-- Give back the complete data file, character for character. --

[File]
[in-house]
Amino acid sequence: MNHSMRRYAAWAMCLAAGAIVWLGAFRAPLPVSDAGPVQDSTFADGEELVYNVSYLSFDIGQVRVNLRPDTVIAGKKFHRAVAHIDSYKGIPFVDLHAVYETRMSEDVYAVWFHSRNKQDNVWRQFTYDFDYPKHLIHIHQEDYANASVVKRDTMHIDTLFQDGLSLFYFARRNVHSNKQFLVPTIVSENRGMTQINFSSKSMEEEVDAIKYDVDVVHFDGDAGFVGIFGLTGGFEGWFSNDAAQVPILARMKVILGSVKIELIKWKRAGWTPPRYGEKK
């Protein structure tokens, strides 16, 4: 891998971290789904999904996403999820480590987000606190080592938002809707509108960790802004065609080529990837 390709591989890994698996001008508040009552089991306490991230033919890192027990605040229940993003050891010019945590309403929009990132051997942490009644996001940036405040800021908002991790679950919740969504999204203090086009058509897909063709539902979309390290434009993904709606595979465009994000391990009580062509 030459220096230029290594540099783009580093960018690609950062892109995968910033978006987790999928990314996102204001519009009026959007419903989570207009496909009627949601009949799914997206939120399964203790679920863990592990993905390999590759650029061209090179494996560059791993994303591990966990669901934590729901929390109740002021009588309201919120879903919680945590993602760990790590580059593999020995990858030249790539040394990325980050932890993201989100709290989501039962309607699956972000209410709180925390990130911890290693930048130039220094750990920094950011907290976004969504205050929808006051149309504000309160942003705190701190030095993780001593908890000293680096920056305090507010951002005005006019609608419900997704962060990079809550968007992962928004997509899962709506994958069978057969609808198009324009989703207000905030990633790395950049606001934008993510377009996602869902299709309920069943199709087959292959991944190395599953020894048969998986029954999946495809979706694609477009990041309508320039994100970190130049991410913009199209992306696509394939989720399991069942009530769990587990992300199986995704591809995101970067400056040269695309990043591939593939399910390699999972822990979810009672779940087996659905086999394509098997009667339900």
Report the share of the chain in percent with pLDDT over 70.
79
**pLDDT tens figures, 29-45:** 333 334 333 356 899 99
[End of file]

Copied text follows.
[in-house]
Amino acid sequence: MNHSMRRYAAWAMCLAAGAIVWLGAFRAPLPVSDAGPVQDSTFADGEELVYNVSYLSFDIGQVRVNLRPDTVIAGKKFHRAVAHIDSYKGIPFVDLHAVYETRMSEDVYAVWFHSRNKQDNVWRQFTYDFDYPKHLIHIHQEDYANASVVKRDTMHIDTLFQDGLSLFYFARRNVHSNKQFLVPTIVSENRGMTQINFSSKSMEEEVDAIKYDVDVVHFDGDAGFVGIFGLTGGFEGWFSNDAAQVPILARMKVILGSVKIELIKWKRAGWTPPRYGEKK
């Protein structure tokens, strides 16, 4: 891998971290789904999904996403999820480590987000606190080592938002809707509108960790802004065609080529990837 390709591989890994698996001008508040009552089991306490991230033919890192027990605040229940993003050891010019945590309403929009990132051997942490009644996001940036405040800021908002991790679950919740969504999204203090086009058509897909063709539902979309390290434009993904709606595979465009994000391990009580062509 030459220096230029290594540099783009580093960018690609950062892109995968910033978006987790999928990314996102204001519009009026959007419903989570207009496909009627949601009949799914997206939120399964203790679920863990592990993905390999590759650029061209090179494996560059791993994303591990966990669901934590729901929390109740002021009588309201919120879903919680945590993602760990790590580059593999020995990858030249790539040394990325980050932890993201989100709290989501039962309607699956972000209410709180925390990130911890290693930048130039220094750990920094950011907290976004969504205050929808006051149309504000309160942003705190701190030095993780001593908890000293680096920056305090507010951002005005006019609608419900997704962060990079809550968007992962928004997509899962709506994958069978057969609808198009324009989703207000905030990633790395950049606001934008993510377009996602869902299709309920069943199709087959292959991944190395599953020894048969998986029954999946495809979706694609477009990041309508320039994100970190130049991410913009199209992306696509394939989720399991069942009530769990587990992300199986995704591809995101970067400056040269695309990043591939593939399910390699999972822990979810009672779940087996659905086999394509098997009667339900």
Report the share of the chain in percent with pLDDT over 70.
79
**pLDDT tens figures, 29-45:** 333 334 333 356 899 99